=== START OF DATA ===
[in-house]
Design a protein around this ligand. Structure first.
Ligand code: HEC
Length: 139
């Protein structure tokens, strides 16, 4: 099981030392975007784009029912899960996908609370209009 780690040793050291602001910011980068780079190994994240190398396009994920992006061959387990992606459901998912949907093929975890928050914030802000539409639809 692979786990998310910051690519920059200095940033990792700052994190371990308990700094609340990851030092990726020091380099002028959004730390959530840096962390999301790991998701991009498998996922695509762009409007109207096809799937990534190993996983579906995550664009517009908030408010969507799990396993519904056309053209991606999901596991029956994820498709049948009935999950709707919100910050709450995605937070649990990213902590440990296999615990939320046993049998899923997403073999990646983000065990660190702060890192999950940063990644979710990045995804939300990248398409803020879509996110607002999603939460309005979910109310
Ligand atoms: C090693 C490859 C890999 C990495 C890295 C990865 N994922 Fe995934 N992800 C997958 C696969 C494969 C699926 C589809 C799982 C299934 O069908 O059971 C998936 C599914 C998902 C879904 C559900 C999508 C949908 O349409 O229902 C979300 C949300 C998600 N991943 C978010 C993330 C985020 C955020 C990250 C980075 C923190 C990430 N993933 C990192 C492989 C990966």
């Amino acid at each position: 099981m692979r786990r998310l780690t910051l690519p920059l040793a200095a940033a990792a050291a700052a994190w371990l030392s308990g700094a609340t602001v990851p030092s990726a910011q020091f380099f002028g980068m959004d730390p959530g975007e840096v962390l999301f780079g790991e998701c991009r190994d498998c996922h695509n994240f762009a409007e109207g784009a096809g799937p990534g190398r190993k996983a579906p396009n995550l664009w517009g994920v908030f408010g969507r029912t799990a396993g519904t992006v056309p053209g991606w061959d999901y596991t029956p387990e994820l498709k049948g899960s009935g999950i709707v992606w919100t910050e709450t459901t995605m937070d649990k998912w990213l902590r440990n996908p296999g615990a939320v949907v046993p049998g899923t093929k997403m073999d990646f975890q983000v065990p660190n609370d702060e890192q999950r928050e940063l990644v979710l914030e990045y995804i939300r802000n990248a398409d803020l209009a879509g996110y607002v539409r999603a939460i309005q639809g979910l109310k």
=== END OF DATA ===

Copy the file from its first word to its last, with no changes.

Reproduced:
[in-house]
Design a protein around this ligand. Structure first.
Ligand code: HEC
Length: 139
């Protein structure tokens, strides 16, 4: 099981030392975007784009029912899960996908609370209009 780690040793050291602001910011980068780079190994994240190398396009994920992006061959387990992606459901998912949907093929975890928050914030802000539409639809 692979786990998310910051690519920059200095940033990792700052994190371990308990700094609340990851030092990726020091380099002028959004730390959530840096962390999301790991998701991009498998996922695509762009409007109207096809799937990534190993996983579906995550664009517009908030408010969507799990396993519904056309053209991606999901596991029956994820498709049948009935999950709707919100910050709450995605937070649990990213902590440990296999615990939320046993049998899923997403073999990646983000065990660190702060890192999950940063990644979710990045995804939300990248398409803020879509996110607002999603939460309005979910109310
Ligand atoms: C090693 C490859 C890999 C990495 C890295 C990865 N994922 Fe995934 N992800 C997958 C696969 C494969 C699926 C589809 C799982 C299934 O069908 O059971 C998936 C599914 C998902 C879904 C559900 C999508 C949908 O349409 O229902 C979300 C949300 C998600 N991943 C978010 C993330 C985020 C955020 C990250 C980075 C923190 C990430 N993933 C990192 C492989 C990966």
């Amino acid at each position: 099981m692979r786990r998310l780690t910051l690519p920059l040793a200095a940033a990792a050291a700052a994190w371990l030392s308990g700094a609340t602001v990851p030092s990726a910011q020091f380099f002028g980068m959004d730390p959530g975007e840096v962390l999301f780079g790991e998701c991009r190994d498998c996922h695509n994240f762009a409007e109207g784009a096809g799937p990534g190398r190993k996983a579906p396009n995550l664009w517009g994920v908030f408010g969507r029912t799990a396993g519904t992006v056309p053209g991606w061959d999901y596991t029956p387990e994820l498709k049948g899960s009935g999950i709707v992606w919100t910050e709450t459901t995605m937070d649990k998912w990213l902590r440990n996908p296999g615990a939320v949907v046993p049998g899923t093929k997403m073999d990646f975890q983000v065990p660190n609370d702060e890192q999950r928050e940063l990644v979710l914030e990045y995804i939300r802000n990248a398409d803020l209009a879509g996110y607002v539409r999603a939460i309005q639809g979910l109310k």